The classic mother-daughter bond was unbreakable.
“My mom would always say, “We’re just best friends.”
Megan would respond, “OK, but you’re my mom, too.”
“OK, I’ll be more like a mom. Go do the dishes,” Nikki would reply but then routinely changed her mind and did them herself.
After 19 years of having her mother take care of her, the roles were reversed. In 2021, Megan and her stepfather, Terrell Brown, were Nikki’s fulltime caregivers.
“I think a lot of people don’t realize how bad things were,” she said. “I’d come to school and they’d say, ‘We’re doing bed positioning for in-bed patients who can’t move.’ I had just been doing it that morning for my mom, who can’t move and eat.”
The other students were quick to notice how skilled Megan was. They’d say, “Dang, Megan, you’re really good.”
“But it was something I just had to do for her every day,” Mason said with a shrug.
Sometimes she would have to step out of class because the things she was learning or doing were a constant reminder of her mother’s suffering.
“There was no reason for this to happen to her. Nothing runs in our family. She was a perfectly healthy mother.”
However, she had to remind herself, “God has a purpose, and everything is going to work out the way it is.”
Letting go and letting God
As the cancer progressed, Megan’s family discovered her body was plasma resistant. This means the medicine she would take would help for a while, but over time her body became immune to the medicine.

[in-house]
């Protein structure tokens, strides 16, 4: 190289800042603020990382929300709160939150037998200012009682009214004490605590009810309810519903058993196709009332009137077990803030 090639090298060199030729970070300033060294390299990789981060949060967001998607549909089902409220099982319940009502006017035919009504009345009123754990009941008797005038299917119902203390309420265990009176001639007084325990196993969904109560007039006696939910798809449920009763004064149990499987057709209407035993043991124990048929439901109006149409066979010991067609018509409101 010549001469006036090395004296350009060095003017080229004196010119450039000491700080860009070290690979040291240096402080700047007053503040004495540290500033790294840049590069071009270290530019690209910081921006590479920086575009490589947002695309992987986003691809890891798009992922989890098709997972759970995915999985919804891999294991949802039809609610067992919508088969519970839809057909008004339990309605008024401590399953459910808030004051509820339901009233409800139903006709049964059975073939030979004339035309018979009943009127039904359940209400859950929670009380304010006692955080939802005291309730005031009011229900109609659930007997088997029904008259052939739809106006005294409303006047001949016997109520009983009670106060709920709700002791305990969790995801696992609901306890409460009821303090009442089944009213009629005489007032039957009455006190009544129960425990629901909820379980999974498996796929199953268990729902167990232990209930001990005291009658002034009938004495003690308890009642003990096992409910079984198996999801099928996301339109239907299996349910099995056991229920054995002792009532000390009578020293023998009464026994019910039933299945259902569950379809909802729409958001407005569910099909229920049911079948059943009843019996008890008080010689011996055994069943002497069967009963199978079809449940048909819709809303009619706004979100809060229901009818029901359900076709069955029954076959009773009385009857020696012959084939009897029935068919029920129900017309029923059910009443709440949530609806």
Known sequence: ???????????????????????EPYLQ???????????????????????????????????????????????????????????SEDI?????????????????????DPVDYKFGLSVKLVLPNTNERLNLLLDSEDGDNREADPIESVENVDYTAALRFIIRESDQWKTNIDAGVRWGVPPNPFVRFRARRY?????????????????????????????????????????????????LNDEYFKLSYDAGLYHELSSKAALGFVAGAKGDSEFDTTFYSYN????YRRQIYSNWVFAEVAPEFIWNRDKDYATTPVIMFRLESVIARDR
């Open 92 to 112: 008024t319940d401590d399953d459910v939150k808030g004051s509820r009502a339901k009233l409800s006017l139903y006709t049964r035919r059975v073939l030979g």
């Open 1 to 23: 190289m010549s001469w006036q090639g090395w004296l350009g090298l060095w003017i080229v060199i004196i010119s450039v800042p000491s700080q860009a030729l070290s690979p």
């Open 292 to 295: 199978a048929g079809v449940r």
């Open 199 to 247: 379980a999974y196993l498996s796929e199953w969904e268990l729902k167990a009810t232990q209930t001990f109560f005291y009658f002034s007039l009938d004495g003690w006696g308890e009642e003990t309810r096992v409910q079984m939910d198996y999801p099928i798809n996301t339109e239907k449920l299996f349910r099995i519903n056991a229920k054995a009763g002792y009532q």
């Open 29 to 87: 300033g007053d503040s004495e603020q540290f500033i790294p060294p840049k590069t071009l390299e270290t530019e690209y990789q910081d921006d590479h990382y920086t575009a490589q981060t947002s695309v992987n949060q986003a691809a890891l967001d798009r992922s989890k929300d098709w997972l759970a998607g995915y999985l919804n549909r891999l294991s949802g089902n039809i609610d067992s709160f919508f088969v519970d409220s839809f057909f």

A biblical passage from Psalm 23 that her mother had shared with her sparked a realization through this journey:
You prepare a table before me in the presence of my enemies. You anoint my heads with oil; my cup overflows. Surely your goodness and love will follow me all the days of my life and will dwell in the house of the Lord forever.
“You feel it and then you release it to God because those things are not coming from Him,” Mason said. “That was us not allowing the enemy to sit at the table.”
Nikki needed to wear compression socks on her legs because of excessive swelling. With the fluid in her body, it moved to her chest. She was afraid to feel pain and feared she would suffocate.
“Something that was laid on my heart to tell her was that God had allowed her to suffer for two years, but I really felt God had reason in all that suffering,” Mason said. “When she passed, there would be no reason to feel that pain. It wouldn’t have any purpose.”
Nikki would say again and again, “I just want to fall asleep and stay asleep.”
“And that’s what happened,” Mason said of her mother’s passing on Sept. 29, 2021. “Throughout her journey, I would see her grow and trust in God. The grips she had to loosen – I saw her surrender her entire being to God.
“One of the most life-changing things my mom has taught me is to live heaven-focused and not earth-focused. When I live and I am not focused on things of this world, like the nursing program. Although it is daunting, it becomes so much smaller.
“If we have an earthly perspective, death seems like the end of it. When I live a life focused on heaven, it is simply an outlet I have to glorify God. The only thing that truly matters here is building your relationship with God and sharing His love with others.
“Toward the end of her life, I told her I have a lot to be thankful for because she introduced me to God. It’s hard not having her here, but I know she is more alive than she has ever been.”